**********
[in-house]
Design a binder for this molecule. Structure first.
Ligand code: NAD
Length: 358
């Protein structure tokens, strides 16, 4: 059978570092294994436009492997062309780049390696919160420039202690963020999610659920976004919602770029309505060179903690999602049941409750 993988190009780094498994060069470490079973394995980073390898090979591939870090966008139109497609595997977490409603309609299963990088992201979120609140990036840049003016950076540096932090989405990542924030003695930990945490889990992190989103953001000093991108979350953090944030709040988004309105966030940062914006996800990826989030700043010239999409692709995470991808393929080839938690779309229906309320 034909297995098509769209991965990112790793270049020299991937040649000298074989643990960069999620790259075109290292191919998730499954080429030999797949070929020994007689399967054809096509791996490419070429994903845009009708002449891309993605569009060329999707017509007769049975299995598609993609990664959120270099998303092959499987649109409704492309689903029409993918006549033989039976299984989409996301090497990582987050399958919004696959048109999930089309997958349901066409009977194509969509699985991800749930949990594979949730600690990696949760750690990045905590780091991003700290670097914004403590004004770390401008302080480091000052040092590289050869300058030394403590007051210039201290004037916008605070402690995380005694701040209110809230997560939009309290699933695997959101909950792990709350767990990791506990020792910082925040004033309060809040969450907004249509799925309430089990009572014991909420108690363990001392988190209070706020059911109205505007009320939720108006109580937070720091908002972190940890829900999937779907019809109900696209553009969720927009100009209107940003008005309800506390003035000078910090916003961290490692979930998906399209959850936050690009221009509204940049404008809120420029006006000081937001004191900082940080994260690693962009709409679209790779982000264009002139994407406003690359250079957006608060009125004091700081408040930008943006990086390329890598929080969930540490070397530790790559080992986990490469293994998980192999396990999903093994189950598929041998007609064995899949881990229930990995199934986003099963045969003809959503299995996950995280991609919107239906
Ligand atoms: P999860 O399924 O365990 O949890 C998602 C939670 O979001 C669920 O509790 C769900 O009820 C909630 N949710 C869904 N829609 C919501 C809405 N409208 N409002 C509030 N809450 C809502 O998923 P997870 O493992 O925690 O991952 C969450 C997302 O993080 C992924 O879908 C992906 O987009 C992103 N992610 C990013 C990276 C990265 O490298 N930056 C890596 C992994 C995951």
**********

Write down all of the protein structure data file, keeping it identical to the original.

[in-house]
Design a binder for this molecule. Structure first.
Ligand code: NAD
Length: 358
């Protein structure tokens, strides 16, 4: 059978570092294994436009492997062309780049390696919160420039202690963020999610659920976004919602770029309505060179903690999602049941409750 993988190009780094498994060069470490079973394995980073390898090979591939870090966008139109497609595997977490409603309609299963990088992201979120609140990036840049003016950076540096932090989405990542924030003695930990945490889990992190989103953001000093991108979350953090944030709040988004309105966030940062914006996800990826989030700043010239999409692709995470991808393929080839938690779309229906309320 034909297995098509769209991965990112790793270049020299991937040649000298074989643990960069999620790259075109290292191919998730499954080429030999797949070929020994007689399967054809096509791996490419070429994903845009009708002449891309993605569009060329999707017509007769049975299995598609993609990664959120270099998303092959499987649109409704492309689903029409993918006549033989039976299984989409996301090497990582987050399958919004696959048109999930089309997958349901066409009977194509969509699985991800749930949990594979949730600690990696949760750690990045905590780091991003700290670097914004403590004004770390401008302080480091000052040092590289050869300058030394403590007051210039201290004037916008605070402690995380005694701040209110809230997560939009309290699933695997959101909950792990709350767990990791506990020792910082925040004033309060809040969450907004249509799925309430089990009572014991909420108690363990001392988190209070706020059911109205505007009320939720108006109580937070720091908002972190940890829900999937779907019809109900696209553009969720927009100009209107940003008005309800506390003035000078910090916003961290490692979930998906399209959850936050690009221009509204940049404008809120420029006006000081937001004191900082940080994260690693962009709409679209790779982000264009002139994407406003690359250079957006608060009125004091700081408040930008943006990086390329890598929080969930540490070397530790790559080992986990490469293994998980192999396990999903093994189950598929041998007609064995899949881990229930990995199934986003099963045969003809959503299995996950995280991609919107239906
Ligand atoms: P999860 O399924 O365990 O949890 C998602 C939670 O979001 C669920 O509790 C769900 O009820 C909630 N949710 C869904 N829609 C919501 C809405 N409208 N409002 C509030 N809450 C809502 O998923 P997870 O493992 O925690 O991952 C969450 C997302 O993080 C992924 O879908 C992906 O987009 C992103 N992610 C990013 C990276 C990265 O490298 N930056 C890596 C992994 C995951």